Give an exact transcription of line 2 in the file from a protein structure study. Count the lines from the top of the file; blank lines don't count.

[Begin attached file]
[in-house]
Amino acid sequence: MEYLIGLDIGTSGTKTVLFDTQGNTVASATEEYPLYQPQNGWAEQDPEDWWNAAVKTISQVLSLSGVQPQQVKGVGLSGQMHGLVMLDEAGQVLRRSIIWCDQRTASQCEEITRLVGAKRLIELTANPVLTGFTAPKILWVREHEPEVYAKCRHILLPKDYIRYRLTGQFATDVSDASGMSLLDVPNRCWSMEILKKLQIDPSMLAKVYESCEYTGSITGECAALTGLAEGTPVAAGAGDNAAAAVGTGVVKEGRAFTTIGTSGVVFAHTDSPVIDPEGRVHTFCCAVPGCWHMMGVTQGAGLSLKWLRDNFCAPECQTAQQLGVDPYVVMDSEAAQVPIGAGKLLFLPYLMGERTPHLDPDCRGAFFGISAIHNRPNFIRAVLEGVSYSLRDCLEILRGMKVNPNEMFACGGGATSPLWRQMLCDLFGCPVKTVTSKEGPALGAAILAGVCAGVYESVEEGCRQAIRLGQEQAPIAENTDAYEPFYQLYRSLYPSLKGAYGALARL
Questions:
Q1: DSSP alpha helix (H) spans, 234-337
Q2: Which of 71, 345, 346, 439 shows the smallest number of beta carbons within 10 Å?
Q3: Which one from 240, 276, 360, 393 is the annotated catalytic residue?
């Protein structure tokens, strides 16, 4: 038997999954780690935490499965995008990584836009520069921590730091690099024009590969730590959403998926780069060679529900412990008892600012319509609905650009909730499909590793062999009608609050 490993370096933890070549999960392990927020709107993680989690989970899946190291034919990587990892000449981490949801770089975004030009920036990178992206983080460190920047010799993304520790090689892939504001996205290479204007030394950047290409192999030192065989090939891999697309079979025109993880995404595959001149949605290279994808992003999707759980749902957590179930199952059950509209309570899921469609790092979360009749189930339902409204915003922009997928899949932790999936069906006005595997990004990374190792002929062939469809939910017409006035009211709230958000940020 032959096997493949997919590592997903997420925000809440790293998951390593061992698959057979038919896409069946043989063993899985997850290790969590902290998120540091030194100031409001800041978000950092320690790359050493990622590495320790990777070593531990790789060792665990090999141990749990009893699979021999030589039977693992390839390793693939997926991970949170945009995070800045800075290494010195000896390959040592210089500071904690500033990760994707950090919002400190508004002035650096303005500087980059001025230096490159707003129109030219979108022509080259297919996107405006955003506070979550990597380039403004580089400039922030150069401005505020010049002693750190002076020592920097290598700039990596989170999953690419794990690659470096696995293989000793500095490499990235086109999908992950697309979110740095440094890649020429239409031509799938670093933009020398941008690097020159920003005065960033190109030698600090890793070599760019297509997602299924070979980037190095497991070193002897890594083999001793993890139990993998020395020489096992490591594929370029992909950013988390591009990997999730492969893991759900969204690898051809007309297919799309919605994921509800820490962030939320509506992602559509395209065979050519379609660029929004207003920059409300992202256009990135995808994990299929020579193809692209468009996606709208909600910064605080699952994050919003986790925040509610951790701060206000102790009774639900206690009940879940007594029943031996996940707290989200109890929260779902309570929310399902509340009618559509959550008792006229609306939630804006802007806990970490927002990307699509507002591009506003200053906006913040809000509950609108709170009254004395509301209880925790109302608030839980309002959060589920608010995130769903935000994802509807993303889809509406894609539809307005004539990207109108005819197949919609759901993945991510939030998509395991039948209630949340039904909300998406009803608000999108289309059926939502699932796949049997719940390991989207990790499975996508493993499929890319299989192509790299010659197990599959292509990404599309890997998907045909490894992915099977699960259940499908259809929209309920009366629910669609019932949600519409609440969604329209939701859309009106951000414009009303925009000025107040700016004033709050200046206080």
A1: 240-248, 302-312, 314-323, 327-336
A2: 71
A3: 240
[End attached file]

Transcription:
Amino acid sequence: MEYLIGLDIGTSGTKTVLFDTQGNTVASATEEYPLYQPQNGWAEQDPEDWWNAAVKTISQVLSLSGVQPQQVKGVGLSGQMHGLVMLDEAGQVLRRSIIWCDQRTASQCEEITRLVGAKRLIELTANPVLTGFTAPKILWVREHEPEVYAKCRHILLPKDYIRYRLTGQFATDVSDASGMSLLDVPNRCWSMEILKKLQIDPSMLAKVYESCEYTGSITGECAALTGLAEGTPVAAGAGDNAAAAVGTGVVKEGRAFTTIGTSGVVFAHTDSPVIDPEGRVHTFCCAVPGCWHMMGVTQGAGLSLKWLRDNFCAPECQTAQQLGVDPYVVMDSEAAQVPIGAGKLLFLPYLMGERTPHLDPDCRGAFFGISAIHNRPNFIRAVLEGVSYSLRDCLEILRGMKVNPNEMFACGGGATSPLWRQMLCDLFGCPVKTVTSKEGPALGAAILAGVCAGVYESVEEGCRQAIRLGQEQAPIAENTDAYEPFYQLYRSLYPSLKGAYGALARL